6 Works

Data from: Does the house sparrow Passer domesticus represent a global model species for egg rejection behavior?

Thomas Manna, Caren Cooper, Shane Baylis, Matthew D. Shawkey, Geoffrey I. N. Waterhouse, Tomas Grim & Mark E. Hauber
Conspecific brood parasitism (CP) is a facultative breeding tactic whereby females lay their eggs in the nests of conspecifics. In some species, potential host individuals have evolved the ability to identify and reject foreign eggs from their nest. Previous studies suggest that the ubiquitous House Sparrow Passer domesticus in Spain and South Africa employs both CP and parasitic egg rejection, while a population in China does not. Given the species’ invasive range expansions, the House...

Data from: The role of preservation on the quantification of morphology and patterns of disparity within Paleozoic echinoderms

Bradley Deline & James R. Thomka
The loss of information resulting from taphonomic degradation could represent a significant bias in the study of morphological diversity. This potential bias is even more concerning given the uneven effect of taphonomy across taxonomic groups, depositional facies, and stratigraphic successions and in response to secular changes through the Phanerozoic. The effect of taphonomic degradation is examined using character-based morphological data sets describing disparity in Paleozoic crinoids and blastozoans. Characters were sequentially excluded from the analyses...

Data from: Benefit of transferred mutations is better predicted by the fitness of recipients than by their ecological or genetic relatedness

Yinhua Wang, Carolina Diaz Arena, Daniel M. Stoebel, Kenneth M. Flynn, Ethan Knapp, Marcus M. Dillon, Andrea Wunsche, Philip J. Hatcher, Francisco B.-G. Moore, Vaughn S. Cooper & Tim F. Cooper
The effect of a mutation depends on its interaction with the genetic background in which it is assessed. Studies in experimental systems have demonstrated that such interactions are common among beneficial mutations and often follow a pattern consistent with declining evolvability of more fit genotypes. However, these studies generally examine the consequences of interactions between a small number of focal mutations. It is not clear, therefore, that findings can be extrapolated to natural populations, where...

Data from: Evolutionary shifts in the melanin-based color system of birds

Chad M. Eliason, Matthew D. Shawkey, Julia A. Clark & Julia A. Clarke
Melanin pigments contained in organelles (melanosomes) impart earthy colors to feathers. Such melanin-based colors are distributed across birds and thought to be the ancestral color-producing mechanism in birds. However, we have had limited data on melanin-based color and melanosome diversity in Palaeognathae, which includes the flighted tinamous and large-bodied, flightless ratites and is the sister taxon to all other extant birds. Here, we use scanning electron microscopy and spectrophotometry to assess melanosome morphology and quantify...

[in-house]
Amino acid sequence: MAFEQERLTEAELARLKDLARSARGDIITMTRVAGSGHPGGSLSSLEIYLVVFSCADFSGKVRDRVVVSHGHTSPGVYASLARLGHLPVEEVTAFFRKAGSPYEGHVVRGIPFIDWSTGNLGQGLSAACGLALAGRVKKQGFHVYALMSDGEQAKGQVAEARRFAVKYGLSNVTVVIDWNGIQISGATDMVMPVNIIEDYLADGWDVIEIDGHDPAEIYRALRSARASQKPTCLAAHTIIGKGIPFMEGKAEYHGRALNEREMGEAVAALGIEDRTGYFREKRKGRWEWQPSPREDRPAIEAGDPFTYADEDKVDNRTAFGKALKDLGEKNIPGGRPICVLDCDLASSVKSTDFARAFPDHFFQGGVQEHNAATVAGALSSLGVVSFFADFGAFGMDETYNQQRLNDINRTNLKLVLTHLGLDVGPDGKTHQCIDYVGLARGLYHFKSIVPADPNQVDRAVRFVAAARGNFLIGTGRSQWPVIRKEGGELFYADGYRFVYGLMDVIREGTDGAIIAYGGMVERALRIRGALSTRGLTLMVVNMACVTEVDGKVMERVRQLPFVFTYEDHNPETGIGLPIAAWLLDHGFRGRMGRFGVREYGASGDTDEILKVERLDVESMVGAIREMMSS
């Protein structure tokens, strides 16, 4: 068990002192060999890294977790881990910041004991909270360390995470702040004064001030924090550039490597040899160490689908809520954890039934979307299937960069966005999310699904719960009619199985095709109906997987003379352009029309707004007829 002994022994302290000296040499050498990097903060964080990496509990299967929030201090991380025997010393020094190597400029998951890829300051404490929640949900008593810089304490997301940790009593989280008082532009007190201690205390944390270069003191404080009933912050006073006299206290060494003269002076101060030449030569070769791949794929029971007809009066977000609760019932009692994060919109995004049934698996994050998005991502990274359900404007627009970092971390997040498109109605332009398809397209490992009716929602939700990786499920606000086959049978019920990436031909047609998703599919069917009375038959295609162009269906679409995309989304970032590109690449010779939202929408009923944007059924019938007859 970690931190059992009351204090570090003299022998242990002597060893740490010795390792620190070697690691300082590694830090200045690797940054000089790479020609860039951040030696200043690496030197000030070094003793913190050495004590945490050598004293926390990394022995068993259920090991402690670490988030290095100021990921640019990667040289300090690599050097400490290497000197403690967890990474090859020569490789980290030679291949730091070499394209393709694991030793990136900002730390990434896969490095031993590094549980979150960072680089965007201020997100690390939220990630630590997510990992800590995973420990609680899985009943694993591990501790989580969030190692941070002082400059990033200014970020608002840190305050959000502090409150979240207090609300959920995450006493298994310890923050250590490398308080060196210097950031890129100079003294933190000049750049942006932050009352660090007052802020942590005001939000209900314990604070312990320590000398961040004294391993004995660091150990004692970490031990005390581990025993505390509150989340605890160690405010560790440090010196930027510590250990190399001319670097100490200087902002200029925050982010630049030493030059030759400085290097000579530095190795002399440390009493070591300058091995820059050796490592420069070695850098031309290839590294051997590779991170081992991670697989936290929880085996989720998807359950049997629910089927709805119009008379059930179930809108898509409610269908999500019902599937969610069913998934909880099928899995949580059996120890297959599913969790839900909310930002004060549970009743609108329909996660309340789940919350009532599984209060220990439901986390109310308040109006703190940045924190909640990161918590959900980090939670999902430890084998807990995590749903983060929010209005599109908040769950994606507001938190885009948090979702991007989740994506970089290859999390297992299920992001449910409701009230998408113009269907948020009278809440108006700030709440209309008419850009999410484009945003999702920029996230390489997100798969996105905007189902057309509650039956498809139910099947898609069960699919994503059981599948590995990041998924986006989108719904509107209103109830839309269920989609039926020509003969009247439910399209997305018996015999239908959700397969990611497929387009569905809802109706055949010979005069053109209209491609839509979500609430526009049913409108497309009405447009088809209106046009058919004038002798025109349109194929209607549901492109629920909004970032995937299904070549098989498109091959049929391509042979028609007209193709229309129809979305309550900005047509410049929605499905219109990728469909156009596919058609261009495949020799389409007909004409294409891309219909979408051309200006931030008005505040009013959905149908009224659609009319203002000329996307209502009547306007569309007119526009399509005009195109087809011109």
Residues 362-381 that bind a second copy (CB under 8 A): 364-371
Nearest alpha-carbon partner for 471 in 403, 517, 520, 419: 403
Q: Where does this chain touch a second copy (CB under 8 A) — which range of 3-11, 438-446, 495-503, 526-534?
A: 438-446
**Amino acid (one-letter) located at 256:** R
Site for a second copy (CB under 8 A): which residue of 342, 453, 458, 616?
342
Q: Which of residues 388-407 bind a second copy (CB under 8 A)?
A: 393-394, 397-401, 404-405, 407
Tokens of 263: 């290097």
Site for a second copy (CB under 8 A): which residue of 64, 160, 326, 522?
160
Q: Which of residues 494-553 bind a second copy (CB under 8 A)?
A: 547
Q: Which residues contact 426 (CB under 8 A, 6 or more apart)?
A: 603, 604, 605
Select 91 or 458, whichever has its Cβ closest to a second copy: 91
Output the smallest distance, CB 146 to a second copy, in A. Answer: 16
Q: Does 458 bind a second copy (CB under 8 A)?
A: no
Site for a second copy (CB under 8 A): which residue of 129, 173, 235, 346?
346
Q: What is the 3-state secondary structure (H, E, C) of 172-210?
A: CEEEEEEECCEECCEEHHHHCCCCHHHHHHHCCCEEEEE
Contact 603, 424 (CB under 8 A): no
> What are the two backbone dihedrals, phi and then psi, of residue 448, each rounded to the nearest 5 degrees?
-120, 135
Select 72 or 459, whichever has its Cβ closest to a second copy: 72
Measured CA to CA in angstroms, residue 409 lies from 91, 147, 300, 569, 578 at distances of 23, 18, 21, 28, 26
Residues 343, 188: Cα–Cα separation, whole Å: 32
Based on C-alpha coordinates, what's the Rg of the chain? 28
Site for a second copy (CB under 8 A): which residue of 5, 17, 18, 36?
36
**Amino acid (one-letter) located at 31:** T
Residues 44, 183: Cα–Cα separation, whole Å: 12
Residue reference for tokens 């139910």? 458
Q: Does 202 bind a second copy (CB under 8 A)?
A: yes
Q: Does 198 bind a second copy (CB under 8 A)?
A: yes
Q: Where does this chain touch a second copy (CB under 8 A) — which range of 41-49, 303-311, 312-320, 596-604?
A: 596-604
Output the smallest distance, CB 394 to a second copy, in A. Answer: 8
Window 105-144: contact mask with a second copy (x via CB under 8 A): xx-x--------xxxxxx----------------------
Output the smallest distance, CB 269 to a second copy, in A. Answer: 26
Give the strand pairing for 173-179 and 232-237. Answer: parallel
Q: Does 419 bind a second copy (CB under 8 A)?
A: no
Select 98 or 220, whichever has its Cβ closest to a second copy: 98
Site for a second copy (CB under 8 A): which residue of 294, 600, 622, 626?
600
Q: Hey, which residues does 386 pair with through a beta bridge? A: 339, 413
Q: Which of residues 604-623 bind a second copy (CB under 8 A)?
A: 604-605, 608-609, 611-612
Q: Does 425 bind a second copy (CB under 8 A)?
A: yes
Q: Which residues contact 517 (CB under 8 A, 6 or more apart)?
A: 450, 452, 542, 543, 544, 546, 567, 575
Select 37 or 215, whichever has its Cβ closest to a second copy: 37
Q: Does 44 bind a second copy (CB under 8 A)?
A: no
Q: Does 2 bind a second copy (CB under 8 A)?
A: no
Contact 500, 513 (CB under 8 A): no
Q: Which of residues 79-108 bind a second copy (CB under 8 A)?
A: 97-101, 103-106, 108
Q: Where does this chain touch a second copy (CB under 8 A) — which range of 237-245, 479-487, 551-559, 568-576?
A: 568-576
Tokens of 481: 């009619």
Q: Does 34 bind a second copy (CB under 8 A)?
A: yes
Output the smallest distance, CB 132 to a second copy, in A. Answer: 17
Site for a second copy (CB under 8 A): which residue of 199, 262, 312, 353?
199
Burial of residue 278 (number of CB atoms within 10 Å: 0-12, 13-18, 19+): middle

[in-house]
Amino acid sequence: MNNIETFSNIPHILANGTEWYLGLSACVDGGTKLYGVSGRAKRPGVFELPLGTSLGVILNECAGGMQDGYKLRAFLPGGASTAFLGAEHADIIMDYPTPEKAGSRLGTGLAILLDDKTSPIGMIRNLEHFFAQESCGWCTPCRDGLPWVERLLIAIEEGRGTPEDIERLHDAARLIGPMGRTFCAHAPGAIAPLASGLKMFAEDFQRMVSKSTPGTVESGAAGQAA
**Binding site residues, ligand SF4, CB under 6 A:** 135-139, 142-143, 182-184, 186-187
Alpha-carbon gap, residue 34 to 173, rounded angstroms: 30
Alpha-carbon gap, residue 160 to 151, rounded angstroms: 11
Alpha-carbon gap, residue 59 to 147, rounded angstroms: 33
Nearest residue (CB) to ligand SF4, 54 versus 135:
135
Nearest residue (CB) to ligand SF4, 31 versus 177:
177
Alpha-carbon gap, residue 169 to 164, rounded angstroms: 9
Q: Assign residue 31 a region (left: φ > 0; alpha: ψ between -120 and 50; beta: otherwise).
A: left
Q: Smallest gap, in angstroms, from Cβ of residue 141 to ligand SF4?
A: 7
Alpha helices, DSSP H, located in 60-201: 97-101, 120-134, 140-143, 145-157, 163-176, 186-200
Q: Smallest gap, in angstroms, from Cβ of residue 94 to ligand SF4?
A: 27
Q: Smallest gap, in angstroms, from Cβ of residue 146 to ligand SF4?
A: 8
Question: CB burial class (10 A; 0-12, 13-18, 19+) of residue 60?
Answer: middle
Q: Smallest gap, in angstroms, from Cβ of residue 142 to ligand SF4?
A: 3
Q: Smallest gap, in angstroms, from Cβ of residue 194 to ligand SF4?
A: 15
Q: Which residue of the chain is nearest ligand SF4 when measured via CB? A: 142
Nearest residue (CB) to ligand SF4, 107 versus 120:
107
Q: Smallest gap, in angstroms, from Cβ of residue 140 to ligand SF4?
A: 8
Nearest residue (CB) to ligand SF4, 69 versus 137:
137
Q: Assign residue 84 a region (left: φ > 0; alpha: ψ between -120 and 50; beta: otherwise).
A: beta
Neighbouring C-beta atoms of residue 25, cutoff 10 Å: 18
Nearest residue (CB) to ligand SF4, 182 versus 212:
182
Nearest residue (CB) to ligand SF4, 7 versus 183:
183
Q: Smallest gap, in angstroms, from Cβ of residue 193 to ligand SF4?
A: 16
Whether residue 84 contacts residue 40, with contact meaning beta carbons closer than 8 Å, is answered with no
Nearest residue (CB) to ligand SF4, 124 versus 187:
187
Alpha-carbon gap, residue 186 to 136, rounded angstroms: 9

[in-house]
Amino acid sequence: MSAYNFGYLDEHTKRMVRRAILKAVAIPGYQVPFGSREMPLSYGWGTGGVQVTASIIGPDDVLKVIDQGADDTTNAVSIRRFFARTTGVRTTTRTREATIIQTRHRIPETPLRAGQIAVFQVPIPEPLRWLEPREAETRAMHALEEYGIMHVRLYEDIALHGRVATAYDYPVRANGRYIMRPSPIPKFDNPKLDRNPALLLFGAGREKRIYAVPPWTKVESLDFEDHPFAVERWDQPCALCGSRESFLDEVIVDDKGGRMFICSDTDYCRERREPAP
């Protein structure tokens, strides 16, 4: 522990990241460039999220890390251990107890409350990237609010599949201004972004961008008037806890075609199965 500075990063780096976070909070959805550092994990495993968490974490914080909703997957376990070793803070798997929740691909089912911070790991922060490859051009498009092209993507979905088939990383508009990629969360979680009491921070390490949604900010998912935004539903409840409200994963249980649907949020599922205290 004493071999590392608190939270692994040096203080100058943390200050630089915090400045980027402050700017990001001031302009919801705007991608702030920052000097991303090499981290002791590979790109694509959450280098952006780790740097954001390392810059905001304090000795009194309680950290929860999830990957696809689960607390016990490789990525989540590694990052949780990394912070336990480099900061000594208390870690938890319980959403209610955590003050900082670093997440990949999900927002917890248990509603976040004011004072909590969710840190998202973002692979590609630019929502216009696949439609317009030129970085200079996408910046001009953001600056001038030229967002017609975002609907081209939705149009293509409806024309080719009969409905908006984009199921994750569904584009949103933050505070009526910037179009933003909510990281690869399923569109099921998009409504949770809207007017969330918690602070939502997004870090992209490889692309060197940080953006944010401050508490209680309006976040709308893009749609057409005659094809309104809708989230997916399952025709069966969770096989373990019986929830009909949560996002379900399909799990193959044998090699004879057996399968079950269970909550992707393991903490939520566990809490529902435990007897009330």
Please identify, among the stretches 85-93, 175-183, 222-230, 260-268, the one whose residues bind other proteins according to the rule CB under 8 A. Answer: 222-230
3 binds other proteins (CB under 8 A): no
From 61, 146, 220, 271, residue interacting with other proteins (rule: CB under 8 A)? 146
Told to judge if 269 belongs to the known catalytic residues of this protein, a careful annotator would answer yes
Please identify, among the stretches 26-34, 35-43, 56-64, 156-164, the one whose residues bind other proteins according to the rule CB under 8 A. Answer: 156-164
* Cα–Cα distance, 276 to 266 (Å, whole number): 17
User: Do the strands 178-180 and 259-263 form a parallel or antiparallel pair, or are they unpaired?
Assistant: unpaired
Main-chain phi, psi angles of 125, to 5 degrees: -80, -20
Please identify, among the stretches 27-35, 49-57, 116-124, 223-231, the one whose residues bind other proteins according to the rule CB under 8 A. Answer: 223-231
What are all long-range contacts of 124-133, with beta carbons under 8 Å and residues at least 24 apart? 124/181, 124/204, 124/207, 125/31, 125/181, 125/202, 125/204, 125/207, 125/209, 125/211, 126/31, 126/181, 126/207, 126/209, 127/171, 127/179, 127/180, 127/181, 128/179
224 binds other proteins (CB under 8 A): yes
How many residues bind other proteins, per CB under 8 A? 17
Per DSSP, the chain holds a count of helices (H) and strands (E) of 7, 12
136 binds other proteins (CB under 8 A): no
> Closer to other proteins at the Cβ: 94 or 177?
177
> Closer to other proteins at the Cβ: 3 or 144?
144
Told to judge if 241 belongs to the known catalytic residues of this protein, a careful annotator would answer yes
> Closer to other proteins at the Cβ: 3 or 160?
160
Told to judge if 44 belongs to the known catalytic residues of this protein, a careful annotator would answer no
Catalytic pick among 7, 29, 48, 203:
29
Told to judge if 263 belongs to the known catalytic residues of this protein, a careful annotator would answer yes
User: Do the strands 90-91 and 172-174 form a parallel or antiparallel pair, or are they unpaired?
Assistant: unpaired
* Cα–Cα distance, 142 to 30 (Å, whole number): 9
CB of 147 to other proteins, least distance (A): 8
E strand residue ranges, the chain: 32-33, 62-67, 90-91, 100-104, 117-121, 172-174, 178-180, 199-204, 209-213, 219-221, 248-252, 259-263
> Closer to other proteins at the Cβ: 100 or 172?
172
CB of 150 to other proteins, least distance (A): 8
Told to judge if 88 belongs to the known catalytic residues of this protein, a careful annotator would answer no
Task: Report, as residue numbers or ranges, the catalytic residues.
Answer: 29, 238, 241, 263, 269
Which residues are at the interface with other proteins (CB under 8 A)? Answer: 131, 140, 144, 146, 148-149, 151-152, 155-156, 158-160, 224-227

Data from: The plumage and colouration of an enantiornithine bird from the Early Cretaceous of China

Jennifer A. Peteya, Julia A. Clarke, Quanguo Li, Ke-Qin Gao & Matthew D. Shawkey
Brilliant colour displays and diverse feather morphologies that are often sexual ornaments are common throughout much of extant Avialae. Here we describe a new basal enantiornithine bird specimen recovered from the Early Cretaceous Jiufotang Formation of Liaoning Province in northeastern China. We present new information on the plumage of Bohaiornithidae as well as the first detailed colour reconstruction of an enantiornithine bird. The new specimen retains subadult skeletal characteristics, including periosteal pitting of the long...

Data from: Selection, constraint and the evolution of coloration in African starlings

Rafael Maia, Dustin R. Rubenstein & Matthew D. Shawkey
Colorful plumage plays a prominent role in evolution of birds, influencing communication (sexual/social selection) and crypsis (natural selection). Comparative studies have focused primarily upon these selective pressures, but the mechanisms underlying color production can also be important by constraining the color gamut upon which selection acts. Iridescence is particularly interesting to study the interaction between selection and color-producing mechanisms because a broad range of colors can be produced with a shared template, and innovations to...

Registration Year

  • 2016

Resource Types

  • Dataset


  • University of Akron
  • Ghent University
  • The University of Texas at Austin
  • City University of New York
  • Columbia University
  • North Carolina Museum of Natural Sciences
  • University of West Georgia
  • University of New Hampshire
  • Monash University
  • Peking University